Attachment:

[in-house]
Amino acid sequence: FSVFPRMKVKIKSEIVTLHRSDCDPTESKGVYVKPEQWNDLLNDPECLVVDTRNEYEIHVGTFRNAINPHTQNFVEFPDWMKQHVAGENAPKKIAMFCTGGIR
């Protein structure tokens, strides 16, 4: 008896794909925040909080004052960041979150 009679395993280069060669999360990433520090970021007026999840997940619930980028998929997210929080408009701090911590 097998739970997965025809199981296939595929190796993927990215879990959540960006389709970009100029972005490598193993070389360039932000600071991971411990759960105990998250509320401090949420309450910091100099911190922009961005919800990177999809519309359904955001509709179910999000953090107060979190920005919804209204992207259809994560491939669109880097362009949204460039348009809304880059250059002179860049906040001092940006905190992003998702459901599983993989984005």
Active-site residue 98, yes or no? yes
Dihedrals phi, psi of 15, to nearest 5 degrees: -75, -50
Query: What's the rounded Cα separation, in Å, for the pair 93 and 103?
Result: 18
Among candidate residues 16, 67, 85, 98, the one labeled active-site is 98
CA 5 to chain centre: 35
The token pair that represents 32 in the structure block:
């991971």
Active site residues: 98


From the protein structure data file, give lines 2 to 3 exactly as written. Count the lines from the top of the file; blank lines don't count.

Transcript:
Amino acid sequence: FSVFPRMKVKIKSEIVTLHRSDCDPTESKGVYVKPEQWNDLLNDPECLVVDTRNEYEIHVGTFRNAINPHTQNFVEFPDWMKQHVAGENAPKKIAMFCTGGIR
């Protein structure tokens, strides 16, 4: 008896794909925040909080004052960041979150 009679395993280069060669999360990433520090970021007026999840997940619930980028998929997210929080408009701090911590 097998739970997965025809199981296939595929190796993927990215879990959540960006389709970009100029972005490598193993070389360039932000600071991971411990759960105990998250509320401090949420309450910091100099911190922009961005919800990177999809519309359904955001509709179910999000953090107060979190920005919804209204992207259809994560491939669109880097362009949204460039348009809304880059250059002179860049906040001092940006905190992003998702459901599983993989984005």